If you happened to skim all of that, be encouraged to read through that again—those are remarkably well-written docs. In addition to satisfying the prime directive of documentation of describing how to use the function, it also lays out rather comprehensive and insightful guidelines on how to best make use of the function.

Here’s what the previous example looks like if we were to use dispatch_benchmark instead:

uint64_t t = dispatch_benchmark(iterations, ^{
    @autoreleasepool {
        NSMutableArray *mutableArray = [NSMutableArray array];
        for (size_t i = 0; i < count; i++) {
            [mutableArray addObject:object];
NSLog(@"[[NSMutableArray array] addObject:] Avg. Runtime: %llu ns", t);

Ahhh, much better. Nanoseconds are a suitably precise time unit, and dispatch_benchmark has a much nicer syntax than manually looping and calling CACurrentMediaTime().

NSMutableArray array vs. arrayWithCapacity:… FIGHT!

Now that we’ve settled on the preferred way to run an absolute benchmark in Objective-C, let’s do a comparative test.

For this example, let’s consider the age-old question of “What difference does passing a capacity parameter into collection initialization make?”, or more succinctly, “to -arrayWithCapacity: or not to -arrayWithCapacity: (that is the question)”.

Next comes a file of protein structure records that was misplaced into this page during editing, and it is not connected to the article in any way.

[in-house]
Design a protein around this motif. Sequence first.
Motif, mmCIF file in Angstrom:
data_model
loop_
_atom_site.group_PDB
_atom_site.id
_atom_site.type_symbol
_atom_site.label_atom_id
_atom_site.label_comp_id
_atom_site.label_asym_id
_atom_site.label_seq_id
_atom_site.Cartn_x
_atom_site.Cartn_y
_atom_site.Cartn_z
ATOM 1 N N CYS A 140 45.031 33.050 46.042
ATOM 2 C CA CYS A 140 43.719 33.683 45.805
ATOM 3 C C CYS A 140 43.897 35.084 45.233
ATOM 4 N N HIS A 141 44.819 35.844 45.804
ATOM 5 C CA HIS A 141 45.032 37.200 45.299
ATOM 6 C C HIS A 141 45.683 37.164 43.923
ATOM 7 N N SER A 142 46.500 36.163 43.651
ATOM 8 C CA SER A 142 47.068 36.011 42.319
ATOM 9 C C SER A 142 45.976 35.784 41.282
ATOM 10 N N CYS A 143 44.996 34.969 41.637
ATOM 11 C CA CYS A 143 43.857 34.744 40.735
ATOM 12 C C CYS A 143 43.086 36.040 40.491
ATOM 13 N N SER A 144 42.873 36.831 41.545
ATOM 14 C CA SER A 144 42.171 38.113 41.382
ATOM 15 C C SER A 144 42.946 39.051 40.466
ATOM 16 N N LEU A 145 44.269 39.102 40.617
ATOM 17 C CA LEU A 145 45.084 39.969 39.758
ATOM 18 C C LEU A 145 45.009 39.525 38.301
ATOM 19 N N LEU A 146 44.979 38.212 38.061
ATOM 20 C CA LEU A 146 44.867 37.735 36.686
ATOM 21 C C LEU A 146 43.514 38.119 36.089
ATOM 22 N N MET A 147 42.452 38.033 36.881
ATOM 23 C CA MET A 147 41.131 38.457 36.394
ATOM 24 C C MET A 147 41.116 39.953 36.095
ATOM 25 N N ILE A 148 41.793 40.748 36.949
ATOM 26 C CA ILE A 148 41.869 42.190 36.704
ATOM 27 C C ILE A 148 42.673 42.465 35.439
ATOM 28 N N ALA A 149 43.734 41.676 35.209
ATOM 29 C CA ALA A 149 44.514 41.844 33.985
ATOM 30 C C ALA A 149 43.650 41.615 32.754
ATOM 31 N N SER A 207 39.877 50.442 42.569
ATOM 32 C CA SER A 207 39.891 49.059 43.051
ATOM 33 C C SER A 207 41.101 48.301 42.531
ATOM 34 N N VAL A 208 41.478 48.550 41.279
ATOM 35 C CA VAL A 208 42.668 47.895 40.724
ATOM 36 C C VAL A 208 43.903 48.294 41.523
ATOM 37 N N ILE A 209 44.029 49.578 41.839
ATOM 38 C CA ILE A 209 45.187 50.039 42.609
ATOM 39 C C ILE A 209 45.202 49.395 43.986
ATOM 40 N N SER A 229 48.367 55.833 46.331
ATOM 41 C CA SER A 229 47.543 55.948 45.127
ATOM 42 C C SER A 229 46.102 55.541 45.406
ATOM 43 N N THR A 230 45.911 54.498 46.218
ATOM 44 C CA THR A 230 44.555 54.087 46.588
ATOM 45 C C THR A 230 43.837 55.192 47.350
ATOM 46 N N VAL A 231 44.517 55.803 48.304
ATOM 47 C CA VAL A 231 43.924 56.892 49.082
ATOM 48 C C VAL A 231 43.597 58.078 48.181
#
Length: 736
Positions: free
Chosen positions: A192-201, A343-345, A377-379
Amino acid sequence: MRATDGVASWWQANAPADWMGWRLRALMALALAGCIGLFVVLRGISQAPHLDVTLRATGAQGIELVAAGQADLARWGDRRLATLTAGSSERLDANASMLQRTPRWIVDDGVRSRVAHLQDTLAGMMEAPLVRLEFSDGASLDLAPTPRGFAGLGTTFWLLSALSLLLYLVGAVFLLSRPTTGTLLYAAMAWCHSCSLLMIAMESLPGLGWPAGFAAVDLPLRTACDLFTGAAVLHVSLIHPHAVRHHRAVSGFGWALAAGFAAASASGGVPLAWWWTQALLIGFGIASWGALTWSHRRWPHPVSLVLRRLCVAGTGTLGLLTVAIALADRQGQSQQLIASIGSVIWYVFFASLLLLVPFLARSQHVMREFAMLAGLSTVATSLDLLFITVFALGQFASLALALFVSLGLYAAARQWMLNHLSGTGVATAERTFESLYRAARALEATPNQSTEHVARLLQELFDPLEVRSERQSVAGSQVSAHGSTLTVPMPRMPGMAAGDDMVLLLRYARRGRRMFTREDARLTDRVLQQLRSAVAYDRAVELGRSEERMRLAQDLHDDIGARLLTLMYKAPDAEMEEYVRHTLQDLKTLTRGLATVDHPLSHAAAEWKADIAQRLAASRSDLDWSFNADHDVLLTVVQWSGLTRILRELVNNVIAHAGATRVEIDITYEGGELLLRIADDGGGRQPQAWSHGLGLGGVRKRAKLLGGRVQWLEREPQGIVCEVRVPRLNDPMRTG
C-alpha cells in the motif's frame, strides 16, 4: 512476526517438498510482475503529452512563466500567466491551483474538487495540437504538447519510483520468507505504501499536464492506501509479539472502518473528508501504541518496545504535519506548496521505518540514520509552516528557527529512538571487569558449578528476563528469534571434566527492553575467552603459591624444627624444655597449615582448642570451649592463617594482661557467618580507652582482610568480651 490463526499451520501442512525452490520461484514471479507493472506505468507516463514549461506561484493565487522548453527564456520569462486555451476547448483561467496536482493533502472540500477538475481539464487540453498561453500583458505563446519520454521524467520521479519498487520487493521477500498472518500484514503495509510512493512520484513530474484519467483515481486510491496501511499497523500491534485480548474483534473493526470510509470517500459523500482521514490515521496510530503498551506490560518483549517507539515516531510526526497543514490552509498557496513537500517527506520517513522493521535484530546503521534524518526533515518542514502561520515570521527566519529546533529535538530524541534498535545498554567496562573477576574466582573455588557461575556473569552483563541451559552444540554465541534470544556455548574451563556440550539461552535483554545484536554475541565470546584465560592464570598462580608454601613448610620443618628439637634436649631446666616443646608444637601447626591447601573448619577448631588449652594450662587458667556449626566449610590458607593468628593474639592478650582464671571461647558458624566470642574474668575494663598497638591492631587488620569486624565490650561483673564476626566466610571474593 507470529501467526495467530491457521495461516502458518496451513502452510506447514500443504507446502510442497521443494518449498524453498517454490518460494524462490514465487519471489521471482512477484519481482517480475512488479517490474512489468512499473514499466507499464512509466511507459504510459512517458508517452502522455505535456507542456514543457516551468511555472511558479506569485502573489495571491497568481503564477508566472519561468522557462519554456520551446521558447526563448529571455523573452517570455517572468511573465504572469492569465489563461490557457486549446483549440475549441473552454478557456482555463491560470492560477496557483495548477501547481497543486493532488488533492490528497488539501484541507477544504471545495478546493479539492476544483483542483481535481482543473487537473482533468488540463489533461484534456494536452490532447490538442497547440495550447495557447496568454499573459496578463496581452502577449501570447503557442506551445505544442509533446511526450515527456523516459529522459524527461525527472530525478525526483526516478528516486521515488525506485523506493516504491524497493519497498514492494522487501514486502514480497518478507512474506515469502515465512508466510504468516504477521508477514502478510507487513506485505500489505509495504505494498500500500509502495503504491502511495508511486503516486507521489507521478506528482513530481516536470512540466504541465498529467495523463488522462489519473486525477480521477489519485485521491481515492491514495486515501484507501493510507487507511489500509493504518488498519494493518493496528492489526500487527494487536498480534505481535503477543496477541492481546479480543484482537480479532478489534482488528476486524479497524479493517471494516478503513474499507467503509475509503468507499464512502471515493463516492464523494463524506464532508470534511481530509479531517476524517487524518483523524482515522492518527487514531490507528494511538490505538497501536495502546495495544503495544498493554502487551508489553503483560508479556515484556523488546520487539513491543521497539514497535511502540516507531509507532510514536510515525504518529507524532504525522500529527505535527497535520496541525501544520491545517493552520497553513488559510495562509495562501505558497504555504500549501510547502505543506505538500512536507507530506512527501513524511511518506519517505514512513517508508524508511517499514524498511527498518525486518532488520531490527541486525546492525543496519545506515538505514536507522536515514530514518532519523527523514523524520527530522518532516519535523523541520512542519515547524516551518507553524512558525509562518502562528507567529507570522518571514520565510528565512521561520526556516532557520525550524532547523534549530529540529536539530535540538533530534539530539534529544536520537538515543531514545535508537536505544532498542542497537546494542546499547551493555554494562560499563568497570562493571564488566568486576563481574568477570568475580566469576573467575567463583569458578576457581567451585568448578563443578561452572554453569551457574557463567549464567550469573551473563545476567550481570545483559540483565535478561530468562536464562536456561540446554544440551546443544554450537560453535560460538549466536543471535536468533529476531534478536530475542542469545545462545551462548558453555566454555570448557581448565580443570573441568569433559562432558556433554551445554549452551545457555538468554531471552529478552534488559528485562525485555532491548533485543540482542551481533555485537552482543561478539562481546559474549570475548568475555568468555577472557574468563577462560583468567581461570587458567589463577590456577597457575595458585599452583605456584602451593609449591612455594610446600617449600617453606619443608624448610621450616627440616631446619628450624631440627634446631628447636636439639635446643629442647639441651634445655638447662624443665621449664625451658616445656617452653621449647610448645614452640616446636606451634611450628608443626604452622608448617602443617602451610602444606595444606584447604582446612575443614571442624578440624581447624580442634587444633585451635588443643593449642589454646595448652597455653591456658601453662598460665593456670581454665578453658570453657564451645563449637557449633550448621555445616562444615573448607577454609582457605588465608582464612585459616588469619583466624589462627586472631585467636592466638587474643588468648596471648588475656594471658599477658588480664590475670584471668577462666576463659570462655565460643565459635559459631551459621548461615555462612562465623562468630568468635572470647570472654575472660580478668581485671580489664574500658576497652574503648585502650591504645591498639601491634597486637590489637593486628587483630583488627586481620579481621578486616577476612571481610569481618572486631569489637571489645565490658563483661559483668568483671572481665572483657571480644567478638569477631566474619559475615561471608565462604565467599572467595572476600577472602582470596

Let’s find out:

uint64_t t_0 = dispatch_benchmark(iterations, ^{
    @autoreleasepool {
        NSMutableArray *mutableArray = [NSMutableArray array];
        for (size_t i = 0; i < count; i++) {
            [mutableArray addObject:object];
NSLog(@"[[NSMutableArray array] addObject:] Avg. Runtime: %llu ns", t_0);

uint64_t t_1 = dispatch_benchmark(iterations, ^{
    @autoreleasepool {
        NSMutableArray *mutableArray = [NSMutableArray arrayWithCapacity:count];
        for (size_t i = 0; i < count; i++) {
            [mutableArray addObject:object];
NSLog(@"[[NSMutableArray arrayWithCapacity] addObject:] Avg. Runtime: %llu ns", t_1);